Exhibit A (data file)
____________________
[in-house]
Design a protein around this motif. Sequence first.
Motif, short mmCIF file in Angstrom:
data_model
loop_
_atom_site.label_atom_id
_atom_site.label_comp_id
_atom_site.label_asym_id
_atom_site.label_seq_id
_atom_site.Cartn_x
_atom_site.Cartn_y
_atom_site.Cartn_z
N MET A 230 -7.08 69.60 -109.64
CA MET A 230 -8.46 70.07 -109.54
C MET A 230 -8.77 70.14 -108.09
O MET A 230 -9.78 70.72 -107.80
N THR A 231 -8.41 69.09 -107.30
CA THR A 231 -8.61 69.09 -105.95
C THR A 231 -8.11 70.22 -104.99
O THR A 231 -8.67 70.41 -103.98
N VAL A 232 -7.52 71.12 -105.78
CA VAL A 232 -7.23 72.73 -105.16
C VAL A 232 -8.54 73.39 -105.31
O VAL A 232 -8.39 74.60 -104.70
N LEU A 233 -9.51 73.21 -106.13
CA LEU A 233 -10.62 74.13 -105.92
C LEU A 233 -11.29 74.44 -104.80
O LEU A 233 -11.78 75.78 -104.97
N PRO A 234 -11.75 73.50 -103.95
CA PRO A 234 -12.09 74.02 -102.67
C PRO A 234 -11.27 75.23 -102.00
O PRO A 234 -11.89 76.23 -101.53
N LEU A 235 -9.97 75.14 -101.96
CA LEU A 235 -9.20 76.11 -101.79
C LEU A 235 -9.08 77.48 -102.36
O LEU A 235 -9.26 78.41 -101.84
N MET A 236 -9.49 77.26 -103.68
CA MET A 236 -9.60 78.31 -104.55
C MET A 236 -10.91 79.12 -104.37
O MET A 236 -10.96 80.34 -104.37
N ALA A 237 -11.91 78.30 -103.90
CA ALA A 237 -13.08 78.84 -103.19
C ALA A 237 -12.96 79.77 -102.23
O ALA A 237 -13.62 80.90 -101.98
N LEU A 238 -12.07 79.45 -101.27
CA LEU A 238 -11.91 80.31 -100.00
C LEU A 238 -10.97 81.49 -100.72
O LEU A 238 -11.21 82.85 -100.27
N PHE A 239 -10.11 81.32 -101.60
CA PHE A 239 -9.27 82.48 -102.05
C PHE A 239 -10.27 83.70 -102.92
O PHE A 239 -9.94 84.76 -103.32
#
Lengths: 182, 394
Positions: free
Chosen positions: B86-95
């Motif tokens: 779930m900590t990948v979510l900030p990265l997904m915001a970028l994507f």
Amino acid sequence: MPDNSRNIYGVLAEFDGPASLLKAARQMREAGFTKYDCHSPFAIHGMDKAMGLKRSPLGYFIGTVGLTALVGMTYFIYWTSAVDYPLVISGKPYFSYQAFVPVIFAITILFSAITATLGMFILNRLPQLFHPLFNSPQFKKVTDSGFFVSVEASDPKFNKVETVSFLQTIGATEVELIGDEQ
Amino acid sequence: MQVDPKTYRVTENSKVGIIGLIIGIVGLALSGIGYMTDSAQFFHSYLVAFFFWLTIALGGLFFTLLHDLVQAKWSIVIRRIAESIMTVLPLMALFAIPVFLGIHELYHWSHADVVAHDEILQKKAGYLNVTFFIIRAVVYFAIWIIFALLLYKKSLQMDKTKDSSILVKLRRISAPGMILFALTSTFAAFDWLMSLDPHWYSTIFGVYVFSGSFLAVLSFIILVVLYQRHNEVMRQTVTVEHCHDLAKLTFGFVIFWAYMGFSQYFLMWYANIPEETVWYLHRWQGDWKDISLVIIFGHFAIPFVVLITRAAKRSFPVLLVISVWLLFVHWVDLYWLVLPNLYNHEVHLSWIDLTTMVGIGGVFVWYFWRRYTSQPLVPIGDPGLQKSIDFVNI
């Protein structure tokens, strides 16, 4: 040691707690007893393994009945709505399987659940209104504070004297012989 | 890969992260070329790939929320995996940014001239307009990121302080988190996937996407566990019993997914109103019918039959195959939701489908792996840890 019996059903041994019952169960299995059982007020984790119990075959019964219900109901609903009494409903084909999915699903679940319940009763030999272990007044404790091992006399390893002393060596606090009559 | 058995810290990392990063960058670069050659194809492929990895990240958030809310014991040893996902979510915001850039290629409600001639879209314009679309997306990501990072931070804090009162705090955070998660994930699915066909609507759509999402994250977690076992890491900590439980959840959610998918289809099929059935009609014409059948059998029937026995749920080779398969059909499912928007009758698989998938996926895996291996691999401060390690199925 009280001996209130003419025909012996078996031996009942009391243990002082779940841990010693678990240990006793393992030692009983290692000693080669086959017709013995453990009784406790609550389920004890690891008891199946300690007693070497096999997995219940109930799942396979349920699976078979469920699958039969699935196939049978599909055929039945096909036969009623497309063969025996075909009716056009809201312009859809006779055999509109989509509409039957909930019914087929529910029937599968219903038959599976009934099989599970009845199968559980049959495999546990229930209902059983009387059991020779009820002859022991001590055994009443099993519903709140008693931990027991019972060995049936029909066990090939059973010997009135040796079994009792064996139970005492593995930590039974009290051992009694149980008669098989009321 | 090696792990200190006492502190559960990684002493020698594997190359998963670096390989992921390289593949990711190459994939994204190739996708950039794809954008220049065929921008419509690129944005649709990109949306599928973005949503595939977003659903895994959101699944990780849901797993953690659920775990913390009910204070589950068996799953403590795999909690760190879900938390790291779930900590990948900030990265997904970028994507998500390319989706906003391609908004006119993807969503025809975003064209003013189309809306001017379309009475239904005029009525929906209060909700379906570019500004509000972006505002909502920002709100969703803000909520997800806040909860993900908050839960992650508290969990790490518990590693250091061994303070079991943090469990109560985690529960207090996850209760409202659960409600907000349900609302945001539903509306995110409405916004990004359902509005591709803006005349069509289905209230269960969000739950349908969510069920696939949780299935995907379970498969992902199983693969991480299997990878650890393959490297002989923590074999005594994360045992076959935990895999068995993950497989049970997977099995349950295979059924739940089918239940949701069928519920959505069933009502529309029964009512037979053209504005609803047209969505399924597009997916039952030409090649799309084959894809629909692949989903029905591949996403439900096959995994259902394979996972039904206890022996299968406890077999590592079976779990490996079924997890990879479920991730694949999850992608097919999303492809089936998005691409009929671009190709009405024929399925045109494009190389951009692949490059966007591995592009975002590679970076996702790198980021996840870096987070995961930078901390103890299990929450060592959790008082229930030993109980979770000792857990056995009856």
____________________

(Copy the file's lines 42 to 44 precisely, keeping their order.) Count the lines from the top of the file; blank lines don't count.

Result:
CA ALA A 237 -13.08 78.84 -103.19
C ALA A 237 -12.96 79.77 -102.23
O ALA A 237 -13.62 80.90 -101.98